After hearing from a number of live sound engineers during their market research, Hasegawa says that most of them wanted to “go digital” and were asking for a cost-effective version of Yamaha's PM1D console. “We felt it was our mission to make an affordable digital live board,” he adds.

Yamaha's first design priority was to create a flexible mixing console that would be suitable for any live situation, giving customers the option of models with either recallable or non-recallable mike preamps. The second priority was to make the head amplifier circuitry as simple as possible in order to maintain sound quality and minimize signal deterioration. Third, the console's optimized operation style, relatively small size, and ergonomic layout are conducive to real-time, analog-style operation.

According to Okabyashi, the PM5D's feature set is based on the latest version of PM1D's hardware and software, which took into account the requests from end-users who wanted a variety of new features. “For instance, up until now, when there was a change in the program, you had to rearrange the order of scenes,” he explains. “With the Event List feature, you have a separate scene memory cue list and can trigger each scene change via external time code, manual operation, or time interval from the previous scene without having to rearrange the scenes. Even though the order of acts or performances is changed, you can flexibly respond to it. Also, we improved the layout of some of the display screens so you can check all the critical information at once. In addition, the effects section now comes equipped with REV-X, a new generation high quality reverb that was optional with the Yamaha DM2000, DM1000 and 02R96 products.”

Okabyashi says that the PM5D Series was envisioned to be smaller and lighter than equivalent analogue consoles so they could be carried by only two people. “We paid close attention to the user interface so the operator could concentrate on mixing, as if they were on an analogue console,” he says, adding, “we really paid attention to the sound quality. For most professional mixing engineers, sound quality always comes before the user interface.”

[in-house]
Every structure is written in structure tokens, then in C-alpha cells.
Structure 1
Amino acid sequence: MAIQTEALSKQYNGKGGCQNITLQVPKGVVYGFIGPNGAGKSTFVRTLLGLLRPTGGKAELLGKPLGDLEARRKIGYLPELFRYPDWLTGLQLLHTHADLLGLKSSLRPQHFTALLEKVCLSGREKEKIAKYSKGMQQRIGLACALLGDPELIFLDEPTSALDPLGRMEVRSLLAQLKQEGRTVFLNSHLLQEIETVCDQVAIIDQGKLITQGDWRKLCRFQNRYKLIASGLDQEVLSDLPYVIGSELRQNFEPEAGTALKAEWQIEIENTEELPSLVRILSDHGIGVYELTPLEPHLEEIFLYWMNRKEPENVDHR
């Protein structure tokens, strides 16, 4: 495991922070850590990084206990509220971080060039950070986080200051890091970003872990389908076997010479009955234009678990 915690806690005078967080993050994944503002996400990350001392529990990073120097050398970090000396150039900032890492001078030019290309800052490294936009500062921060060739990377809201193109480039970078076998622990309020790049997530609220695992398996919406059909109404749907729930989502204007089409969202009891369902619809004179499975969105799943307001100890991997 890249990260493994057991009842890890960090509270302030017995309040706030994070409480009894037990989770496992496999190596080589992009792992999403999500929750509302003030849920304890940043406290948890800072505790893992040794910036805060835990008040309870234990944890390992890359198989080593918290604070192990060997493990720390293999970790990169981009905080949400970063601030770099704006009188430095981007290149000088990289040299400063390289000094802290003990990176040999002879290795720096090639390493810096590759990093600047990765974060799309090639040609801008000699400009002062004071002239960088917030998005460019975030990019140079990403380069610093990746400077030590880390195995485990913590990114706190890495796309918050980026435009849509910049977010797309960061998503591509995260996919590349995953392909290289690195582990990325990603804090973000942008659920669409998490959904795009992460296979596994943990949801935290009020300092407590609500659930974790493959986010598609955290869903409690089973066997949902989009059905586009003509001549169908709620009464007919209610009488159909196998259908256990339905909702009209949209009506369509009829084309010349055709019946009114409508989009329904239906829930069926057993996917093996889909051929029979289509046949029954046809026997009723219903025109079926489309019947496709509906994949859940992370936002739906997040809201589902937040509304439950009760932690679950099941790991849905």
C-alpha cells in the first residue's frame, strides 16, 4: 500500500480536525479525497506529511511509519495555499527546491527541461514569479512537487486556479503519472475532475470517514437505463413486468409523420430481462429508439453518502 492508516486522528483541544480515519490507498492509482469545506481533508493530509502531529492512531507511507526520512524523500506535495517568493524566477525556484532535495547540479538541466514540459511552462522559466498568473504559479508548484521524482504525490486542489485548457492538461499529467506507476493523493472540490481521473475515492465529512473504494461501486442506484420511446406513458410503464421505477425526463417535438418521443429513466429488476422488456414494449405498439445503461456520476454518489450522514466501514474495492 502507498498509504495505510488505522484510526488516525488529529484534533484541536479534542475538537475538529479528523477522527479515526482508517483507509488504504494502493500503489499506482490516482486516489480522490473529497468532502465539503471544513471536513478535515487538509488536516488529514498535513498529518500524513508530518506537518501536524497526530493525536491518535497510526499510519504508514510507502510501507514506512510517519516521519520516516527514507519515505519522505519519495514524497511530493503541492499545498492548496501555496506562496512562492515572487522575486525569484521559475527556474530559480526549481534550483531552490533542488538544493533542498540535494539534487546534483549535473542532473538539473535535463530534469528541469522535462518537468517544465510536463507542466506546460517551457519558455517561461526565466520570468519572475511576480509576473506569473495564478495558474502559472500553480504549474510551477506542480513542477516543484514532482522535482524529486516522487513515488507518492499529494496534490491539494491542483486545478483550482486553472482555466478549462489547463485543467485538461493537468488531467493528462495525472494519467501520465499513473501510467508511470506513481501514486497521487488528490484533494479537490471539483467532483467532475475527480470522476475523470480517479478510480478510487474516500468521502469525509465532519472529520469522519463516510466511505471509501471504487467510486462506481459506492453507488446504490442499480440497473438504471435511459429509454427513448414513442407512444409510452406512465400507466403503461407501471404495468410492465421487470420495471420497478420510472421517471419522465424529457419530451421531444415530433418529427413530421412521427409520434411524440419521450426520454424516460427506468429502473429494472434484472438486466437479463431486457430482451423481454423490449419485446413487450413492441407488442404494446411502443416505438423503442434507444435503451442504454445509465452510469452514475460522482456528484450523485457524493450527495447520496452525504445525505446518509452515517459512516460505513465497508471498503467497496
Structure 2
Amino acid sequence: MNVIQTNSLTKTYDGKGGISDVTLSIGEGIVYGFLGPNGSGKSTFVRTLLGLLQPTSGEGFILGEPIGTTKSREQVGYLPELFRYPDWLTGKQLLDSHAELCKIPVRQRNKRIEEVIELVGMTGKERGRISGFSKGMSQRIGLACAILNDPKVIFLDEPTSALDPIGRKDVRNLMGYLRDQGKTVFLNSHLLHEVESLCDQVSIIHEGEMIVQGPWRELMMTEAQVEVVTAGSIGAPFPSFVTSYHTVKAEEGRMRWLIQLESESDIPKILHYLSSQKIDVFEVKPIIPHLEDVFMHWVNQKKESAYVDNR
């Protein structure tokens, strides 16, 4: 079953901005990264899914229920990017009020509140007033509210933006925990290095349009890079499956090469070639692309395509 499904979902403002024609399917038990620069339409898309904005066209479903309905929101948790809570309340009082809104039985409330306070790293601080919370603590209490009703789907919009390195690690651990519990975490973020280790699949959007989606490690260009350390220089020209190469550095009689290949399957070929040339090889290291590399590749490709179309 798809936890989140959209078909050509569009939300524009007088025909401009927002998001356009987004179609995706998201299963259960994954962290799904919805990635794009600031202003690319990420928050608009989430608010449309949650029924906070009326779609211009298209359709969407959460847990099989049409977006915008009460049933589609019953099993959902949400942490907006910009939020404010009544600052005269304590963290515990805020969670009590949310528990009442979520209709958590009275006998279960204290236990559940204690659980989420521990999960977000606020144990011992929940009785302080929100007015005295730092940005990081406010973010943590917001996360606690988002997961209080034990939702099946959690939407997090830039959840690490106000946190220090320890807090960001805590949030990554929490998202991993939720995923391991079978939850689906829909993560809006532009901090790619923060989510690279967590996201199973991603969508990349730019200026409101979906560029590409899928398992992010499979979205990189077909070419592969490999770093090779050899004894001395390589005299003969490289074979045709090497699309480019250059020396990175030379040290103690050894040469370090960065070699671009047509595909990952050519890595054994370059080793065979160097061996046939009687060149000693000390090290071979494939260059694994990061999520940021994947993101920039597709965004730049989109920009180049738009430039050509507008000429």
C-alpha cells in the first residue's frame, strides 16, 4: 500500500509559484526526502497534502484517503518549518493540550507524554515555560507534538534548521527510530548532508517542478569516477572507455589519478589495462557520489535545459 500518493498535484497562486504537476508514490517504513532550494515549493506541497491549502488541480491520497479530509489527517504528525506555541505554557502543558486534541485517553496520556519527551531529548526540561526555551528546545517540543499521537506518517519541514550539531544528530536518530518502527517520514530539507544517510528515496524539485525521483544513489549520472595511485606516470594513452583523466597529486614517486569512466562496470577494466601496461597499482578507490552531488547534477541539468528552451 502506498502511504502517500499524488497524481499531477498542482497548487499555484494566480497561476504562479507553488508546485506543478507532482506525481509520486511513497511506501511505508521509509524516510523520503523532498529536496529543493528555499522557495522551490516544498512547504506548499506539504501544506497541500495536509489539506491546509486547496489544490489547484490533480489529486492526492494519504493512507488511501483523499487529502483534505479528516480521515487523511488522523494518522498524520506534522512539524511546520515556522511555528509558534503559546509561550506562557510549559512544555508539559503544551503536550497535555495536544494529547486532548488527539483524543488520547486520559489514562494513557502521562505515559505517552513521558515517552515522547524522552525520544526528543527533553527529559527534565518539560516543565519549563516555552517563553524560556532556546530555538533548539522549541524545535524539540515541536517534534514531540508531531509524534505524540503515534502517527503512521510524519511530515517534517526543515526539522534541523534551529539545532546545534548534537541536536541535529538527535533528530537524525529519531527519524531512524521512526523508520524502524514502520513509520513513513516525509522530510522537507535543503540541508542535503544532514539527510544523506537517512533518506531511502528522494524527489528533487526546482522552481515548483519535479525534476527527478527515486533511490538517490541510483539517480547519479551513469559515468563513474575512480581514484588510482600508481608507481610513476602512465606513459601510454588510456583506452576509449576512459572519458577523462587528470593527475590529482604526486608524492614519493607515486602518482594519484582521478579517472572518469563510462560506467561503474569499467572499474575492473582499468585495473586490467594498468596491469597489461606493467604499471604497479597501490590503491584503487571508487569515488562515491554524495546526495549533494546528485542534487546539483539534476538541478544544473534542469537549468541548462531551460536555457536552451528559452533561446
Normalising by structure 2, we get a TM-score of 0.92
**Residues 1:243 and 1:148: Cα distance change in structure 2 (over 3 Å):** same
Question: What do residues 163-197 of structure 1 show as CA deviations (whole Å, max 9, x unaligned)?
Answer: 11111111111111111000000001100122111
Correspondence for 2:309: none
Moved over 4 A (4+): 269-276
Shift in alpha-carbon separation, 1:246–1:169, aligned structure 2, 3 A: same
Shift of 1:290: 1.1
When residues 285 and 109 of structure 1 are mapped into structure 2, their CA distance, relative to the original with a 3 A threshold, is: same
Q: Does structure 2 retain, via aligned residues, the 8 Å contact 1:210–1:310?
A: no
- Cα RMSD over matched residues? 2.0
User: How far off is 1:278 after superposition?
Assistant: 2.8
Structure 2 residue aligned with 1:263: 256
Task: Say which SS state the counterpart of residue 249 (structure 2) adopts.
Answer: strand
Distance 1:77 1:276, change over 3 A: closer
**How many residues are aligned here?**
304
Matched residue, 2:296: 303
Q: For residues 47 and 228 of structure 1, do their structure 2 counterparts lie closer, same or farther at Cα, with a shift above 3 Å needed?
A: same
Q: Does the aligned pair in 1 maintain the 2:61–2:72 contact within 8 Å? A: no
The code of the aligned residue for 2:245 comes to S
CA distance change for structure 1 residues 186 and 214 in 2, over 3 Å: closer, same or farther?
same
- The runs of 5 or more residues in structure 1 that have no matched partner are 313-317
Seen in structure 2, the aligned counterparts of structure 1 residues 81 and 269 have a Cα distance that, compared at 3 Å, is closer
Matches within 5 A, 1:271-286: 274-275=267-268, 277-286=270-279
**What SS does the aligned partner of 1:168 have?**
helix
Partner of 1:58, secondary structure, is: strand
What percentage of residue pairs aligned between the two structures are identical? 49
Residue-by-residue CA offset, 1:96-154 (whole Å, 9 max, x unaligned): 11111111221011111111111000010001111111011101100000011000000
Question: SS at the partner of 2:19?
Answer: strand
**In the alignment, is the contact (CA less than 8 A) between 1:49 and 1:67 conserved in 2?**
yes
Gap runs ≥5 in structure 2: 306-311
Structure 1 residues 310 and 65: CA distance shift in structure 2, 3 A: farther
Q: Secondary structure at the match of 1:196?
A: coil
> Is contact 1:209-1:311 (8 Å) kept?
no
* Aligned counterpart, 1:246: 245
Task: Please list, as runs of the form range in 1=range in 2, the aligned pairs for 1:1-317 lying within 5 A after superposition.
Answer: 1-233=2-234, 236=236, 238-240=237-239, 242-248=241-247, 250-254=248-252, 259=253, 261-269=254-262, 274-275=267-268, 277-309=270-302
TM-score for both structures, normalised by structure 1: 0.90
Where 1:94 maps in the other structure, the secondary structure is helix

What's Next:

“Yamaha will continue to refine its digital and analog product lines for the installation and touring markets through a combination of research and end-user input,” states Larry Italia, general manager, Yamaha Corporation of America, Commercial Audio Systems Division. “Future developments will include both new products and comprehensive updates for current products, designed to provide live sound engineers and contractors with maximum flexibility and user-friendliness.”

Recent developments include the PM1D Version 2, the Installation Series Loudspeakers, the DME24/64N V1.1, Add-On effects packages and the Active Field Control System.

What End Users Say:

“We like the fact that with the Yamaha PM5D, you don't need to carry racks and racks of outboard processing gear; you have the ability to add compression, delay, or reverb to any channel,” says Craig Cassidy, sound designer of the current tour of Smokey Joe's Cafe. “The logical layout, the smaller footprint, the flexibility in assigning outputs, and the scene-to-scene recall are also extremely valuable features for live theatre. We're currently using the PM5D in tandem with the AVIOM16/o-Y1 output card, which allows audio to be distributed via Cat-5 cable directly from the console to Aviom A-16 Personal Mixers.” Jeff McQuay is serving as mixer on the tour. The PM5D console was supplied by Masque Sound.